Warning system To support upgrade warnings, an extra "unknown upgrade" is tracked, using the "implicit bit" mask = (block.nVersion & ~expectedVersion) != 0. Mask will be non-zero whenever an unexpected bit is set in nVersion. Whenever activation for the unknown upgrade is detected, the software should warn about the presence of an unknown network rule. When implications triggers, the software should warn even louder, and probably keep warning even if the threshold is not reached anymore for later blocks (assuming an unknown soft fork reached implied state, and is thus no longer detectable).

Support for future changes

The mechanism described above is very generic, and variations are possible for future soft forks. Here are some ideas that can be taken into account.

Modified thresholds The thresholds chosen in BIP 34 (750, 950, 1001) do not have to be maintained for eternity, but changes should take the effect on the warning system into account. In particular, having an implication threshold that is incompatible with the one used for the warning system may have long-term effects, as the warning system cannot rely on a permanently detectable condition anymore (as opposed to the BIP 34 based mechanism).

Conflicting soft forks At some point, two mutually exclusive soft forks may be proposed. The naive way to deal with this is to never create software that implements both, but that is a making a bet that at least one side is guaranteed to lose. Better would be to encode "soft fork X cannot be activated or implicated" as consensus rule for the conflicting soft fork - allowing software that supports both, but can never trigger conflicting changes.

Multi-stage soft forks Soft forks right now are typically treated as booleans: they go from an inactive to an active state in blocks. Perhaps at some point there is demand for a change that has a larger number of stages, with additional validation rules that get enabled one by by. The above mechanism can be adapted to support this, by interpreting a combination of bits as an integer, rather than as isolated bits. The warning system is compatible with this, as (nVersion & ~nExpectedVersion) will always be non-zero for increasing integers.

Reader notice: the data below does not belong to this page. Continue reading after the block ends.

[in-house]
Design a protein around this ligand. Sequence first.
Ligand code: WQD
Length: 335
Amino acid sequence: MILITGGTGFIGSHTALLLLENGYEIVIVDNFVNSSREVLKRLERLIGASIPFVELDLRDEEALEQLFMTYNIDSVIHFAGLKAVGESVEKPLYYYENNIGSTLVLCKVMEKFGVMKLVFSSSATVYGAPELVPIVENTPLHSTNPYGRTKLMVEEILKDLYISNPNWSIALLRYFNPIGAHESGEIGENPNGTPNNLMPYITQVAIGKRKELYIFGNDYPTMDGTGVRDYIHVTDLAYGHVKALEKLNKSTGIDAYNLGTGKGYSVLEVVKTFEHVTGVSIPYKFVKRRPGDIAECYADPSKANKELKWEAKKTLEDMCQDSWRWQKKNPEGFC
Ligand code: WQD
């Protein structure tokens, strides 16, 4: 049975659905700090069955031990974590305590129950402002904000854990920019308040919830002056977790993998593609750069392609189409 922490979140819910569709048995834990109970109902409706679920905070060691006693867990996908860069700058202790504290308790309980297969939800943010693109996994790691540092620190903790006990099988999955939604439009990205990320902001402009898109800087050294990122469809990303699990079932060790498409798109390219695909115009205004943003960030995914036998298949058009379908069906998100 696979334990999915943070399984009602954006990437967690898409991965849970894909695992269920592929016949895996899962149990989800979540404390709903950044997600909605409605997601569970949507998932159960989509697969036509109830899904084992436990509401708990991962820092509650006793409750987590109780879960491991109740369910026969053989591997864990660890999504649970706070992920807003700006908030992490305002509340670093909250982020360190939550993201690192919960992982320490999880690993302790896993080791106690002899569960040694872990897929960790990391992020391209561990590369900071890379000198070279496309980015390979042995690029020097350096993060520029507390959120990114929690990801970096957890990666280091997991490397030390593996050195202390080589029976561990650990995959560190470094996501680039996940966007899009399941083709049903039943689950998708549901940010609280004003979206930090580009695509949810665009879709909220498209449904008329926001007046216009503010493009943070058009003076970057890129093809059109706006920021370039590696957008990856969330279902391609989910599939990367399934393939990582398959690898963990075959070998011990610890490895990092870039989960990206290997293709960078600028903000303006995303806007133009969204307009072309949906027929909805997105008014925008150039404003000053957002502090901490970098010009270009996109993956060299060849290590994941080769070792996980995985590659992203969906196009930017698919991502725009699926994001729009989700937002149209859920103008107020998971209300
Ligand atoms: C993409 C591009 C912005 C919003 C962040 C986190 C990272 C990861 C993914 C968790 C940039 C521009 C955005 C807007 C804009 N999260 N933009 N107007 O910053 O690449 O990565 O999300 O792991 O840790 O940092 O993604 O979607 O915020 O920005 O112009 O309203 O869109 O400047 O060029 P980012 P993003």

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davecgh commented May 27, 2015

The word "called" is repeated in the first paragraph further called called "soft forks"

Under the Motivation section, "This indicates another downside of this approach"

The parenthesized statement (called implication) is repeated in the Mechanism -> Thresholds section.


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domob1812 commented May 27, 2015

Note that this breaks the current mechanism employed for merge-mined chains (e. g., Namecoin). Merge-mining in the current specification relies on bit 8 to signal merge-mined blocks and bits 16+ to indicate the chain ID.

I realise this is not an important consideration for Bitcoin proper, but I wanted to mention it nevertheless. Particularly when merge-mining of sidechains may be important in the future (although a new protocol could be employed for them).


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jtimon commented May 27, 2015

Why this new condition "all of those (W + 1) blocks have a GetMedianTimePast() below D"?
It would probably be useful to elaborate on this?

@domob1812 I didn't know this, but other merged mined chains can MM without using the version of the bitcoin block for signaling anything. The coinbase transaction should be enough.